WB's 'Hey 19 Rap' of the Week
If those of you who are signed up to get notifications or an e-digest of new posts here on WBM are finding the "new posts" are gone when you visit them -- in classic film noir ".. but there is no Room 247!" style -- it's because the bots and spammers from Italy and Pakistan and Hell and Wherever Else have finally found us -- as they were sure to do sooner or later -- and Matt or I have already nuked these link feints for theses-writing services or dick implants or whatever else they're hawking from Hell these days. We also immediately terminate -- er, I mean, disinvite -- said posters from login privileges. But it ain't gonna stop now (they seem to gravitate toward threads with the most recent activity ... which of course lately are threads that were just spammed by somebody else rotflmao) so... your understanding is appreciated. BTW, there was a dead body in Room 247, there was -- I swear!!
What's interesting to me––assuming that these are all from the Gaucho era––is that many of these tunes date back to the very early days of Steely Dan and even the Becker/Fagen partnership.
"Mobile Home" was a staple of the 1974 tour. That's a sound, band, and approach that, to my ear, had long been abandoned by the Gaucho era. "Roaring of the Lamb," that old Brill Building chestnut, was on the list for a Gaucho treatment? I can't wrap my head around that one. But I don't doubt that it could be done; it's just hard to imagine how.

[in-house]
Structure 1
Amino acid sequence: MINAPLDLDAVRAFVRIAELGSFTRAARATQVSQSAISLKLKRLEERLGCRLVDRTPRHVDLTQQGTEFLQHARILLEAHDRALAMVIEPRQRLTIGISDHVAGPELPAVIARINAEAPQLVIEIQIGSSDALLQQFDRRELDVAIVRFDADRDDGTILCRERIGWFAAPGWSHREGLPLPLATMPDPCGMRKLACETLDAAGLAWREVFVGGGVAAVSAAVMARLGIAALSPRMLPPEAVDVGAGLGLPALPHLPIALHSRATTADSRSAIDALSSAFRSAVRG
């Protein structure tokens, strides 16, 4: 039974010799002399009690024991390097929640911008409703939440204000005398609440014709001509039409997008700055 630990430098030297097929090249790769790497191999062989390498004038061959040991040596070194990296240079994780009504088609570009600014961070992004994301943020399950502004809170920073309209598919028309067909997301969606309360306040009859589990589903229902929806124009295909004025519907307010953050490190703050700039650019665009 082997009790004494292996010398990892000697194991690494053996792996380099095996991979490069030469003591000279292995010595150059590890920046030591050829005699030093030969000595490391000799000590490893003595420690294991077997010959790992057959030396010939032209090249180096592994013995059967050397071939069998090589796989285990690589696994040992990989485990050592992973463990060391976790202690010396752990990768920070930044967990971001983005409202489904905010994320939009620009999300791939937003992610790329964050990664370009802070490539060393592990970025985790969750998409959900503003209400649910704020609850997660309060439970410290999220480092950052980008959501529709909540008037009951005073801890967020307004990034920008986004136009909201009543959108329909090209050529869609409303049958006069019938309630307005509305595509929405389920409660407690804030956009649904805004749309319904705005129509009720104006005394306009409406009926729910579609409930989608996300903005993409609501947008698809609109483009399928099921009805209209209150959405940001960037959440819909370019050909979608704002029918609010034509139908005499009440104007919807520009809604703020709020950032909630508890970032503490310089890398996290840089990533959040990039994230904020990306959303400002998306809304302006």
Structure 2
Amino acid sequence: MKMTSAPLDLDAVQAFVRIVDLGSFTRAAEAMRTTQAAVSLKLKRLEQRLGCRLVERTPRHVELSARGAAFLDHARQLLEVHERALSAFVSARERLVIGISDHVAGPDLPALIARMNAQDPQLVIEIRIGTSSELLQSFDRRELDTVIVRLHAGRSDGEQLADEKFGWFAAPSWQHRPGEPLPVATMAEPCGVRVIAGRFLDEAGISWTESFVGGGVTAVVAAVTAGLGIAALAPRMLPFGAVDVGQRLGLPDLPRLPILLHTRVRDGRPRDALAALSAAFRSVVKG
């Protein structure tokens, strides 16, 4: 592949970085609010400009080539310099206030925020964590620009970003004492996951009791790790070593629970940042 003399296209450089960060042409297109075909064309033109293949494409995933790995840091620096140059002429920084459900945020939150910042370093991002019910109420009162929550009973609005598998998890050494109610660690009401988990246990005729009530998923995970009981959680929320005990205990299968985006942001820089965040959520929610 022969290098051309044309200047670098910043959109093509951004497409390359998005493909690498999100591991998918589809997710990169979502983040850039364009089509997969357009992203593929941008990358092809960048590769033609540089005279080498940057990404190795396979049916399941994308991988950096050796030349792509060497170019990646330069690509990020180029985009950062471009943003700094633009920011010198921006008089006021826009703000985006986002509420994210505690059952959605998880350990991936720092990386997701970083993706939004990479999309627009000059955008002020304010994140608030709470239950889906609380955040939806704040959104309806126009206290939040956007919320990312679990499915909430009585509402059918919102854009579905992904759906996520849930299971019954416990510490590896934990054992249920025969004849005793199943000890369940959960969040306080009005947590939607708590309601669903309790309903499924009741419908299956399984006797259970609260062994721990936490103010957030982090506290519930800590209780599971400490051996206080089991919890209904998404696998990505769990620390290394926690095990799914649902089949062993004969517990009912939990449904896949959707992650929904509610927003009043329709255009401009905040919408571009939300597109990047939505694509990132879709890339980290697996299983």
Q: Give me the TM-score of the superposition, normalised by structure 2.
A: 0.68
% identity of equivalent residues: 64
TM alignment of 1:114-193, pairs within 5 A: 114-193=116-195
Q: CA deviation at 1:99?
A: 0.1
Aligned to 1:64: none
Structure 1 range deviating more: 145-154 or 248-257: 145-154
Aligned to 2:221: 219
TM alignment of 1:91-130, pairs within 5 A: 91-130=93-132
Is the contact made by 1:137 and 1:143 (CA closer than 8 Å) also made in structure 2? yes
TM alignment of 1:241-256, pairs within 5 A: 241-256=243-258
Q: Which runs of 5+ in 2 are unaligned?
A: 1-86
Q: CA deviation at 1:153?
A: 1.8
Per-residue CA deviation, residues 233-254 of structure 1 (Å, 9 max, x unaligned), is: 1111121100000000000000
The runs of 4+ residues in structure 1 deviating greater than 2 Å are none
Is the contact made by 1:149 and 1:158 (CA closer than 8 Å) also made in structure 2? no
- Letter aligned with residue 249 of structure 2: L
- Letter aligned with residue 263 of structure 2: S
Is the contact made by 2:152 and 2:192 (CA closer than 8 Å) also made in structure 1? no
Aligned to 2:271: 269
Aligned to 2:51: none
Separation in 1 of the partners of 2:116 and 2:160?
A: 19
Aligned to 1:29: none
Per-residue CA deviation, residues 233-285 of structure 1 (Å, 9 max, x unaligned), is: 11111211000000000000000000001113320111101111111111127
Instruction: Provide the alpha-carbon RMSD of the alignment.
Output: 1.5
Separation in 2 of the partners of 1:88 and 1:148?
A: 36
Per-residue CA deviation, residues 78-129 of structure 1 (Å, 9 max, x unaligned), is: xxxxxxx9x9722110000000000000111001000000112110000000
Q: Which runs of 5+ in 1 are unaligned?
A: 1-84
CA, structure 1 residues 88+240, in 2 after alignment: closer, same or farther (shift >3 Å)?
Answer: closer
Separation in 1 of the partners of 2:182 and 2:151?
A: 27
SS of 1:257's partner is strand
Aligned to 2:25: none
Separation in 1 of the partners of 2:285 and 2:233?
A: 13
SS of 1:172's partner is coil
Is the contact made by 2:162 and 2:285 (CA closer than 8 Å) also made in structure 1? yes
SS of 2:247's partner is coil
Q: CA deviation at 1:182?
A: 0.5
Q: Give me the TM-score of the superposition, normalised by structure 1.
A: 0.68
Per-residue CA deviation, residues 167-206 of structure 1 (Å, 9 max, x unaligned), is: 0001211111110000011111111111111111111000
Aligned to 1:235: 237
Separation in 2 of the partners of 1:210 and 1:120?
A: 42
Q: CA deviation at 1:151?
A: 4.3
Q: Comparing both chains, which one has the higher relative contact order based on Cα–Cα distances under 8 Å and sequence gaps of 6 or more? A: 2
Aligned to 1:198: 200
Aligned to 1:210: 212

After all, "Megashine City," a recently surfaced outtake from the Can't Buy a Thrill era (and a rare SD turkey), was reworked to "Talkin' 'Bout My Home," which not only sounded like it belonged from the Gaucho era, but had been reworked into a good song.
One thing here that's not clear is why "Home at Last" is on the list. The titles listed all point strongly to the Gaucho period. Perhaps Aja wasn't yet released and the track list hadn't been finalized?
In any case, this smallest SD artifact is a fascinating look behind the curtain, even if, given its provenance, my conscience doesn't feel entirely clean for taking a peek.
I'd have to assume this is a list of all the songs that were primarily written by Walter himself although I have no sources on that claim
I wonder if Walter considered any of these songs for solo release, or for reworking and inclusion on 2VN or EMG, a la West of Hollywood.
There was also a "Walter Becker Written Song List" although I don't know what purpose it served
The last one is quite obviously an additional verse or two of Green Earrings.
Megashine shows up in "megashine city/Talkin' 'Bout My Home," but one presumes that was before this was written down.
The "bottom of the underworld" reminds me of the "bottom of the underground" line in I Can't Write Home About You. And the "man they called Jerome he" is a lot like "Me and my pal Jerome" in Ghost of Hipness Past
We've talked about Walter's context thesaurus/reuse of lyrical ideas and snippets before, but this is another good example.
Walter Becker Media Forum